New on (Canadian) Netflix: January 2017

In an effort to keep you, good reader, up to date with films now available on online platforms, I had a look at the past few weeks of new releases on Canadian Netflix and I’ve got films to recommend. (You can click on the movie titles to read my original reviews where available.)

The Fly


It’s just a little past the 30th Anniversary of this horror classic from David Cronenberg, if those round numbers matter to you and you’re looking for an excuse to revisit or perhaps see it for the first time. The Fly is a Toronto-shot remake of the 1958 original—as discussed on the LENS ME YOUR EARS podcast about remakes—taking the original monster-movie concept of a man turning into a giant insect and slathering it with Cronenberg’s patented brand of body horror. It’s heavy with the fear of AIDS, something especially relevant in 1986 when the film was released. A rarely better Jeff Goldblum is Seth Brundle, a scientist who, while experimenting with his teleportation machine, makes a serious, terminal mistake. It’s also probably the most tragic love story in a horror movie since The Bride of Frankenstein. Big props to Geena Davis’ performance.

Jupiter Ascending


The Wachowski sibs’ grand space opera, a story of an ordinary human being (Mila Kunis) who discovers she’s interstellar royalty with a canine-human protector (Channing Tatum).  The picture is full of wacky, half-baked ideas and Eddie Redmayne going big like you’ve never seen him before or since—and I’ll leave it with you whether that’s a good thing. Panned upon its original release, it might be primed for a The Fifth Element-style cult and rediscovery. Your light years may vary.

American Sniper


Two Januarys ago this Clint Eastwood-directed feature, based on a true story, was all the rage, especially amongst Americans coming to grips with all the wasted years and wasted money spent in complicated wars in the Middle East. Bradley Cooper is terrific in the lead, and the scenes in Iraq deliver high-impact war-movie thrills, but the stuff back home is weak, complete with a hilariously obvious fake baby.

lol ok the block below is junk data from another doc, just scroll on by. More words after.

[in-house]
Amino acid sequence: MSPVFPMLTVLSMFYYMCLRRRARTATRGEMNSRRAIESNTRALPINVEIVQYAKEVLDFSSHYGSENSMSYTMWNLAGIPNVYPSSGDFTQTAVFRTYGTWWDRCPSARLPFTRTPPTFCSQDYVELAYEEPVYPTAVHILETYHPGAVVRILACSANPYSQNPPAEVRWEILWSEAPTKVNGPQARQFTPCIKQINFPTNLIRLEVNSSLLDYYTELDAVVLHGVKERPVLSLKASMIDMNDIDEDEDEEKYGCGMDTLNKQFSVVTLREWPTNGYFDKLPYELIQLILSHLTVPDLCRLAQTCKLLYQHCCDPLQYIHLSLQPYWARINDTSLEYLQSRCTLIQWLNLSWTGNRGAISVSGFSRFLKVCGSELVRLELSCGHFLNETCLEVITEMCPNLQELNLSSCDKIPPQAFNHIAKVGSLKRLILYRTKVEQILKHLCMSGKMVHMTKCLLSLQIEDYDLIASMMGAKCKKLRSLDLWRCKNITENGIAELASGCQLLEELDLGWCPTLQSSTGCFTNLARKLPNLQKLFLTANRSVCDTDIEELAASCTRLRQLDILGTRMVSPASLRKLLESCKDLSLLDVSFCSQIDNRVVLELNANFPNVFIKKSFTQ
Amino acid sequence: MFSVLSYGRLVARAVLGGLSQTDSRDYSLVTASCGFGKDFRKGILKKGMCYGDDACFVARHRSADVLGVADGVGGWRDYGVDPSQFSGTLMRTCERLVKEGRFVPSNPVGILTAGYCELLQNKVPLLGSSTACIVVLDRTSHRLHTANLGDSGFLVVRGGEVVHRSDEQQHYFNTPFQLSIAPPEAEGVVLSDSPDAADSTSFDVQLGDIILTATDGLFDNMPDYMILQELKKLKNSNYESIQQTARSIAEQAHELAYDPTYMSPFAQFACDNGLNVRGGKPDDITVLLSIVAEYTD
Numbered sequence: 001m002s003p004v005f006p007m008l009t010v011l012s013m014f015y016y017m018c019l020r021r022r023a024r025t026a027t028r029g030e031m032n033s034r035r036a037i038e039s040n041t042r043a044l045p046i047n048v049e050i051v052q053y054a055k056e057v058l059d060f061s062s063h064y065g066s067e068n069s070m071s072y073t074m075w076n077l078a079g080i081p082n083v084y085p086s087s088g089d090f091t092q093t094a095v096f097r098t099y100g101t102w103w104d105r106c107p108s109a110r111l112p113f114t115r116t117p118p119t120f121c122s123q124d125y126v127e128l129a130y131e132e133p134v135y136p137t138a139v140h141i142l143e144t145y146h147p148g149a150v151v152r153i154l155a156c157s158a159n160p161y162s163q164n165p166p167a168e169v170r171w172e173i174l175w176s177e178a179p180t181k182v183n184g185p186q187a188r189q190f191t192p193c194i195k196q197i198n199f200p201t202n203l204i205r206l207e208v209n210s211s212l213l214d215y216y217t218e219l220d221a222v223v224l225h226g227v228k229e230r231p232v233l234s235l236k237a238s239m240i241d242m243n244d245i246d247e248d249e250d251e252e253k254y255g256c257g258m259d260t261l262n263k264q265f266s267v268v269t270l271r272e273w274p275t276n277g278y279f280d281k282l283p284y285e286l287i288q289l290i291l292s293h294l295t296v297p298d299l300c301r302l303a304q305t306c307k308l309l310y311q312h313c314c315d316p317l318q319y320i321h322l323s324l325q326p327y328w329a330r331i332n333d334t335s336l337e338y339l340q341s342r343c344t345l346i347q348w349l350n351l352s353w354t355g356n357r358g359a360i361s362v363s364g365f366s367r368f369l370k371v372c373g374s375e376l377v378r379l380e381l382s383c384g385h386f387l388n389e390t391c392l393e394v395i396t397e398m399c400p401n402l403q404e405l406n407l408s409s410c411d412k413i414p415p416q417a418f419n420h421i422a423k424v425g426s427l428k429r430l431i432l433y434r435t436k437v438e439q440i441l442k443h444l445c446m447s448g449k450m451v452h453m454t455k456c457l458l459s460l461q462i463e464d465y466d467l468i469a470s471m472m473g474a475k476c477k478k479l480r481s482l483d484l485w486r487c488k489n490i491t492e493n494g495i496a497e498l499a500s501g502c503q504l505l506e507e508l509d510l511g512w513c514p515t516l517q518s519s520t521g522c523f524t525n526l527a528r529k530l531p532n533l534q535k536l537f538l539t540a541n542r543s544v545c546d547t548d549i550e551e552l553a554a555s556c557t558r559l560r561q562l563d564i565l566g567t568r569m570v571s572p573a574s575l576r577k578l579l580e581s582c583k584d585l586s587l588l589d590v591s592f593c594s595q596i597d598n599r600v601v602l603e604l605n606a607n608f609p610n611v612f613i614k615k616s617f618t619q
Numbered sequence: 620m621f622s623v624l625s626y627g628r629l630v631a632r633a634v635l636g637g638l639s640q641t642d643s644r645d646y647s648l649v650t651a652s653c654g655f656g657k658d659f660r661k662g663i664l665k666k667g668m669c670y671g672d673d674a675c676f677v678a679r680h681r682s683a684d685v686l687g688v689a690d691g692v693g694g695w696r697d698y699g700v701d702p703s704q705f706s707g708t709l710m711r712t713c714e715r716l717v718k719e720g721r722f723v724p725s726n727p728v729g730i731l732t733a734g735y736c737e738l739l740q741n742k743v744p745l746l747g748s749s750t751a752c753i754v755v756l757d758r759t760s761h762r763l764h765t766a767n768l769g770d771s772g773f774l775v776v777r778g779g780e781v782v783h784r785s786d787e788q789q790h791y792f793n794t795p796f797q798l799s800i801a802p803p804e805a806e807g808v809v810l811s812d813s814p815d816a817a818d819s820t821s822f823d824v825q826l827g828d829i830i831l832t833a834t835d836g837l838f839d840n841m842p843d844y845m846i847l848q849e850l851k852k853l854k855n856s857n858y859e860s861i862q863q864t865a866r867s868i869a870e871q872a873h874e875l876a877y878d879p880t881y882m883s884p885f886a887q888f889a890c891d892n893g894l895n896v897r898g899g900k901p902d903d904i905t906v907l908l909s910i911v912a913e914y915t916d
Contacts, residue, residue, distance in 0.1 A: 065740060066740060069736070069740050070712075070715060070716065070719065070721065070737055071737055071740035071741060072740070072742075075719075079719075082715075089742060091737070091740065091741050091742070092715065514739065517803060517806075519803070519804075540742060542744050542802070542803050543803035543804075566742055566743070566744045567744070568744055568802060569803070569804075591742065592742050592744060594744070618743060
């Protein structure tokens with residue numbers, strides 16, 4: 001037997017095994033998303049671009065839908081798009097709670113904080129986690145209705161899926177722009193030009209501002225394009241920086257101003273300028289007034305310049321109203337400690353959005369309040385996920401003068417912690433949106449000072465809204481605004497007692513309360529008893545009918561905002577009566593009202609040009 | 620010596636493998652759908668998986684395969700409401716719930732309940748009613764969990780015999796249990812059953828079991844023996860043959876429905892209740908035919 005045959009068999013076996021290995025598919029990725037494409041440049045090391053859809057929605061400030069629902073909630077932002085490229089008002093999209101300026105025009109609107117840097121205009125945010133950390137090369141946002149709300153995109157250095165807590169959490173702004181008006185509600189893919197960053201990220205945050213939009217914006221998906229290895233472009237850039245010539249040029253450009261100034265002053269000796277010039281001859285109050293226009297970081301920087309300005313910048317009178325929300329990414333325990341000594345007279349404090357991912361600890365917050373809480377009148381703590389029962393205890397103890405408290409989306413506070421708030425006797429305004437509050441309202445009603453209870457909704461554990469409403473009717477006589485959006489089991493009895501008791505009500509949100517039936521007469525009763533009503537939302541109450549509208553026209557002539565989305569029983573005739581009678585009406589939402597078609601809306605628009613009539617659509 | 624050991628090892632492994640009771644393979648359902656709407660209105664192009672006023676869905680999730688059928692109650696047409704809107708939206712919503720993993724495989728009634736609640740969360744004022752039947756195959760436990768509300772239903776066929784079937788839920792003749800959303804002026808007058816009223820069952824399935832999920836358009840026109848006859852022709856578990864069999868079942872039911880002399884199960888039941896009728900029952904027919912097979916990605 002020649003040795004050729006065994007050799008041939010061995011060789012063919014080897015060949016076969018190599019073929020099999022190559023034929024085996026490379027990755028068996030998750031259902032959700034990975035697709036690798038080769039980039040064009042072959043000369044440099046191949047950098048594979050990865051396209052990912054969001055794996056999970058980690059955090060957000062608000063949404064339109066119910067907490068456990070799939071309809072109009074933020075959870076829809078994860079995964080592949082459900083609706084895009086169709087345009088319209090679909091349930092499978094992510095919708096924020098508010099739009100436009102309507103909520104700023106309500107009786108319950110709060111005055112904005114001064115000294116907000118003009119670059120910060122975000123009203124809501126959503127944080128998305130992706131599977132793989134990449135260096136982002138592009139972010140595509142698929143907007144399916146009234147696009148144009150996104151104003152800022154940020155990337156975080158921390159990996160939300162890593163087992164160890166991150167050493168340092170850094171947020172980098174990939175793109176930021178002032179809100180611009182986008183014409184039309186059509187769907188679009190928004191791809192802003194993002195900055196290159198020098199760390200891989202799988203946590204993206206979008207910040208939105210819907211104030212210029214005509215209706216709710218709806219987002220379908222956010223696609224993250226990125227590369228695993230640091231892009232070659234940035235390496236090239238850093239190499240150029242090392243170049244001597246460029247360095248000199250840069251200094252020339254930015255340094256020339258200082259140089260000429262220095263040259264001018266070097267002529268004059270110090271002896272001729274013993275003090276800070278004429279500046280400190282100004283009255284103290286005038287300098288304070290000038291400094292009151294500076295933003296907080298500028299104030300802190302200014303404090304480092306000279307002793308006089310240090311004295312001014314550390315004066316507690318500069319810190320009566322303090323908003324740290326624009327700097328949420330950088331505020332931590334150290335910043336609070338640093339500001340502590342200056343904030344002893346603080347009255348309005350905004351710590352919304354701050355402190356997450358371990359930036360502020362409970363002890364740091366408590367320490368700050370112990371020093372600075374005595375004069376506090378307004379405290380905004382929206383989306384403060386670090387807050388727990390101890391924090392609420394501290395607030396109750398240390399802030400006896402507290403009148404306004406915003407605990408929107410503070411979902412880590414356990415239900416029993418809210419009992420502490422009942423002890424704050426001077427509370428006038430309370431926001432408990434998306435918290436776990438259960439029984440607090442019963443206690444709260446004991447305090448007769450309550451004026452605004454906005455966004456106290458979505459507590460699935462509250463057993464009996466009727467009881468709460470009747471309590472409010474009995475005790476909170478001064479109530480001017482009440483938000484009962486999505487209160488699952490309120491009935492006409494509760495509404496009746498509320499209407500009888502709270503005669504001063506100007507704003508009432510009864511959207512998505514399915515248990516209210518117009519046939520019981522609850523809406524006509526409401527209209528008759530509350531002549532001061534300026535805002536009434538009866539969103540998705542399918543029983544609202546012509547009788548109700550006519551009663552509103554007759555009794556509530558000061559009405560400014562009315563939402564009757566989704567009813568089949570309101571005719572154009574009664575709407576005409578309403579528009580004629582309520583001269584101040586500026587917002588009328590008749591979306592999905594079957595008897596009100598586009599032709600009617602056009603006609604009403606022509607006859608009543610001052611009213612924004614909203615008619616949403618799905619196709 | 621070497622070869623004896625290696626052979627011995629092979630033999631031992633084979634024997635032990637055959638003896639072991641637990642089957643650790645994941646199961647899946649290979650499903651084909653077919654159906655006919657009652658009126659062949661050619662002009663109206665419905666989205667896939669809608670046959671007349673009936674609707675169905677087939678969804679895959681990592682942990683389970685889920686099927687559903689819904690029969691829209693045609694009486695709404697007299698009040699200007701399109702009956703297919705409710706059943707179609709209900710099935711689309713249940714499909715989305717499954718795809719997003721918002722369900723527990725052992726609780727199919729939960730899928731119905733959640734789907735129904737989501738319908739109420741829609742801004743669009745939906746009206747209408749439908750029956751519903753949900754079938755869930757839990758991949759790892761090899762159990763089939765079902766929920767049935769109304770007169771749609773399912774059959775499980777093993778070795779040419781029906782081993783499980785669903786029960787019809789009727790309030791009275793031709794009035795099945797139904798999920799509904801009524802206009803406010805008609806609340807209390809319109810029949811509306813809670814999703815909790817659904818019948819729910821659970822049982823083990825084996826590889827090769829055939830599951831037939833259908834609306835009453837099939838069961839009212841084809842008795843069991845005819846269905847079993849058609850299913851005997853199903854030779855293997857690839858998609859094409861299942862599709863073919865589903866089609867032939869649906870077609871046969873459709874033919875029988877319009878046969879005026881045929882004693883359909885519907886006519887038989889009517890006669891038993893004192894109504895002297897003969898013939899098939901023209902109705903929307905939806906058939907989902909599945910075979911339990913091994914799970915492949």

Back To The Future trilogy


You might remember back in October 2015 we all enjoyed living through Back To The Future day, that time where Marty, Doc, and Jennifer travel to the future and discover hoverboards, terrible fashions, and future Biff, who goes back in time to stack the deck in his favour. I actually found the second and third instalments better than I’d remembered, but the original still stands as a popcorn classic and one of the best time travel movies ever.



Daniel Radcliffe has impressed much more with his post-Potter career than he did as the boy wizard. He refuses to make safe choices, consistently showing up in interesting indie fare (The F Word, Swiss Army Man, Imperium) and steering clear of most obvious blockbusters—with maybe the recent exceptions of Now You See Me 2 and Victor Frankenstein. Horns is pointedly peculiar, a film messing in multiple genres. It doesn’t all work, but its midnight movie weirdness some are bound to find beguiling.

Citizen Four


Snowden was Oliver Stone’s 2016 biopic of the famed NSA whistleblower.  It seemed a perfect marriage of material, performers and filmmaker, but it’s nowhere near as gripping as this. This history-as-it-happens, a documentary channelling a spy thriller, the story of a man who couldn’t in all good conscience live with the crimes his government was asking him to commit.

Hunt For The Wilderpeople


A gem from New Zealand filmmaker Taika Waititi,  a charmingly sweet story of a troubled foster kid who goes on an adventure with his uncle Hec, chased by the authorities through the wilderness. It’s equal parts hilarious and thrilling and touching, an original that’s somehow manages to feel strangely familiar.

About the author


Carsten Knox is a massive, cheese-eating nerd. In the day he works as a journalist in Halifax, Nova Scotia. At night he stares out at the rain-slick streets, watches movies, and writes about what he's seeing.